Writers and readers: please help end the US book embargo against Cuba

Please read this email sent to me by Mark Coker from Smashwords, and help end this sad embargo that prevents Cubans from benefiting from something we all take for granted: publishing, and reading books from the USA. If you are willing to help, please sign the petition ASAP as the US Government is due to announce modifications to its embargoes against Cuba, and we’re hoping this will be one of them. Now, over to Mark:

I’m writing to ask for your help.

Writers and readers: please help end the US book embargo against Cuba

As a basic human right, readers everywhere deserve greater access to books and literature.

Please go to https://petitions.whitehouse.gov//petition/end-book-embargo-against-cuba and consider signing my petition to end the US book embargo against Cuba.

Background on this Petition:

Last month, I joined a publishing industry delegation to Cuba to meet with Cuban writers, publishers and government representatives from their ministry of culture and book institute.

The goal of the meetings was to build bridges of understanding and explore opportunities for greater cultural and economic collaboration between the Cuban publishing community and the American publishing community.

I was struck by what I learned.

First, the good news.

Cuban writers and publishers are excited about the warming political relations between Cuba and the United States.

Cuba has an adult literacy rate of nearly 100%, about 20 points higher than the US.

Cuba boasts a rich literary culture.

I visited the Havana Book Fair, which was attended by hundreds of thousands of Cubans. I’d estimate 90% of attendees were millennials. These young readers are smart, educated and optimistic. They want greater access to books. They’re the future of Cuba.

Here’s the bad news.

The US embargo against Cuba has been enormously harmful to the Cuban people, and it’s been especially harmful to their book market. Cuban publishers have difficulty acquiring even the basic raw materials of bookmaking like paper and ink.

Because so much of the infrastructure of global book publishing passes through the United States, the embargo makes it difficult for Cuban authors and publishers to reach a broader audience.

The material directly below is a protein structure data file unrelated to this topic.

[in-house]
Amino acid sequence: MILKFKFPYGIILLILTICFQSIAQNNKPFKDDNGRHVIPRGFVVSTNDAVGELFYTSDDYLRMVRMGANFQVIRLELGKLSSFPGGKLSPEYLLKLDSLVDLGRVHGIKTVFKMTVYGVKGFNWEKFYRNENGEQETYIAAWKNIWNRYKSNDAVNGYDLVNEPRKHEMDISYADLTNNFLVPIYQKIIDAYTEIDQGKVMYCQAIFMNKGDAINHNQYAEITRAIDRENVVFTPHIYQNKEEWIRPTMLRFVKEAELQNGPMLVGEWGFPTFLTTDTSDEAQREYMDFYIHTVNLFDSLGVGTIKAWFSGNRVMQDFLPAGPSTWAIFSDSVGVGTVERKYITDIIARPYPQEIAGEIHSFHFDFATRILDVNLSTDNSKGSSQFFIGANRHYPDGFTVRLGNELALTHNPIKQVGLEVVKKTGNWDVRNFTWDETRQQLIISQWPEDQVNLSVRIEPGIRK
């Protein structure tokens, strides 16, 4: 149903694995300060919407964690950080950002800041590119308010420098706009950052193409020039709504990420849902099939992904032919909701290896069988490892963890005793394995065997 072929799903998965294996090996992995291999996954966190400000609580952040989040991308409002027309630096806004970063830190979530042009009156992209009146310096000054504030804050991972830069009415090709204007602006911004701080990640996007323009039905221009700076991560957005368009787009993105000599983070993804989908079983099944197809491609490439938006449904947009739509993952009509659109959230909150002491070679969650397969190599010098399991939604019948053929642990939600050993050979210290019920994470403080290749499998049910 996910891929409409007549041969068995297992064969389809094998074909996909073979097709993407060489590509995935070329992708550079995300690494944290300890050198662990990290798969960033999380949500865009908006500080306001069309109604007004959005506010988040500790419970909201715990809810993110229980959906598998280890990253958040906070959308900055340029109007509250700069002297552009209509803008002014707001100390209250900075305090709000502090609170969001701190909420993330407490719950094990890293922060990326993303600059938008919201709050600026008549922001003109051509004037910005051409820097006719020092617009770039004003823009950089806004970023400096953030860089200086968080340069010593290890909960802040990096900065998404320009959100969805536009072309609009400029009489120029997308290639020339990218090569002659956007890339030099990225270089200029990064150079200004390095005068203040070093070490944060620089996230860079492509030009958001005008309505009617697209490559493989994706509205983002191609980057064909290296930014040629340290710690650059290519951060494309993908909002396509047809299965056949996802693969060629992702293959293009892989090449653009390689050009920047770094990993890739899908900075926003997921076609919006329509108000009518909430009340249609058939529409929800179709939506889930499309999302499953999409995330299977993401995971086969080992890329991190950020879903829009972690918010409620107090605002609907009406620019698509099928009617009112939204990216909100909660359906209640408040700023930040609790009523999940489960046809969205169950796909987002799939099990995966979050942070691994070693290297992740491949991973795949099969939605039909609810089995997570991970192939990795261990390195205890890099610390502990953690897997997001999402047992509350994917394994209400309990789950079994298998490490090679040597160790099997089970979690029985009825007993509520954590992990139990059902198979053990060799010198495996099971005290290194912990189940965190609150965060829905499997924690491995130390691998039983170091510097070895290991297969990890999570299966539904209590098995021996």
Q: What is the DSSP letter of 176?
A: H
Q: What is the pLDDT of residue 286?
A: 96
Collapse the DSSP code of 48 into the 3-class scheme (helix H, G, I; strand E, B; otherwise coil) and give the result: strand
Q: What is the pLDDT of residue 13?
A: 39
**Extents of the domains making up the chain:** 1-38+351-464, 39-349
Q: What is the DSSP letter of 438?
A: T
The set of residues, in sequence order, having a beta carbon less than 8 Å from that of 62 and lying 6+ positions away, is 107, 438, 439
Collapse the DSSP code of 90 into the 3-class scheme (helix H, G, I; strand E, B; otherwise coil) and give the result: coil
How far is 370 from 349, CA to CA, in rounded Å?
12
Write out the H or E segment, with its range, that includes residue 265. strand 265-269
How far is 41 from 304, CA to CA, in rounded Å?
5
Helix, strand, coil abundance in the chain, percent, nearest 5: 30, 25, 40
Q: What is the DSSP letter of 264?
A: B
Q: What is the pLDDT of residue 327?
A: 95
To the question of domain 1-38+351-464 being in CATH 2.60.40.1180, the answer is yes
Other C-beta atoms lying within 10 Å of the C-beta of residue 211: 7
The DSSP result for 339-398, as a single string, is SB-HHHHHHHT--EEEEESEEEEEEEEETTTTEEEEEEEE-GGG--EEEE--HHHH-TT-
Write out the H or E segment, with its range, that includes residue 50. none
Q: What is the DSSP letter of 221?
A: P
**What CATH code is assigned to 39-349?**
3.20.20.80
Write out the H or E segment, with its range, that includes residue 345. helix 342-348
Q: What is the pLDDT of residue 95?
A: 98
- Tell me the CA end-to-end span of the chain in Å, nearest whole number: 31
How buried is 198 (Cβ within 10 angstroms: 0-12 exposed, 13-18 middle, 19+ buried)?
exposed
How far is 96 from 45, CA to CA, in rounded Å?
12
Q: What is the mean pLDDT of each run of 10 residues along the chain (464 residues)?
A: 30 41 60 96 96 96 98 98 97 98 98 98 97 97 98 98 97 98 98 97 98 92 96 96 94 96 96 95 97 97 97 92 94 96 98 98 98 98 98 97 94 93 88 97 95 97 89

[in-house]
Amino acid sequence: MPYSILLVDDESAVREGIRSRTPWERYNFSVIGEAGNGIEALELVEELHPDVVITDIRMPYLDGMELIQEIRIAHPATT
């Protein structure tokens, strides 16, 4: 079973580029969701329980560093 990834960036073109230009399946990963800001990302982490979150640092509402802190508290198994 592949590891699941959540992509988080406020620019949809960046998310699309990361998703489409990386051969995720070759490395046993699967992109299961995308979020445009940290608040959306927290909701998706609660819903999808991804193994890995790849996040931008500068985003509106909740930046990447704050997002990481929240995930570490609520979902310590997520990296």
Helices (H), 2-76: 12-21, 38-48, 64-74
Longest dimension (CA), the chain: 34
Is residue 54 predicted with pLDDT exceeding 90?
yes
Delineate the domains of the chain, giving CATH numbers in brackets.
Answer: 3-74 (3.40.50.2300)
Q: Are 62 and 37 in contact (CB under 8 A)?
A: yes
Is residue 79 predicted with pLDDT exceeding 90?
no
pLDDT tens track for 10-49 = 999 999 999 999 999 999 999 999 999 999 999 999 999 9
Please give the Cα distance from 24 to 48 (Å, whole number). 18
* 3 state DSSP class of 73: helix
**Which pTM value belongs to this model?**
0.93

Cuban readers don’t have easy access to books published by American authors and publishers.

Cubans earn the equivalent of only about $20 USD per month, whether they’re a doctor or a janitor. They don’t have a lot of money to invest in publishing. Imagine if we could make our free ebook publishing and distribution services available to their writers? Imagine if Cuban readers could gain greater access to the nearly 400,000 low cost ebooks at Smashwords, including over 60,000 free ebooks? I want to help them today but I can’t because of the embargo.

I founded Smashwords to break down barriers like this. To give every writer the freedom to publish, and every reader the freedom to read what they choose.

According to a Pew poll in 2015, fully 72% of the American public wants the embargo lifted.

The US stands virtually alone in this embargo which has now persisted over 50 years.

I realize the politics around this are heated. I realize many Americans — especially Cuban-Americans who emigrated in the ’60s — have strong feelings about the current political regime in Cuba. I respect these feelings. I want to take the politics out of this and focus on the Cuban people.

Would it be so bad to let the books flow freely in both directions? Might books help heal the wounds on both sides?

President Obama has taken steps over the last year to normalize relations with Cuba and set the stage for the end of the embargo.

But change can’t come soon enough. Given the current political dysfunction in the US, it’s unlikely the US congress will vote to end the embargo even though 59% of Republicans want it ended, according to that same Pew poll above.

The embargo is composed of a spaghetti mess of presidential edicts, Treasury department statutes and Congressional actions.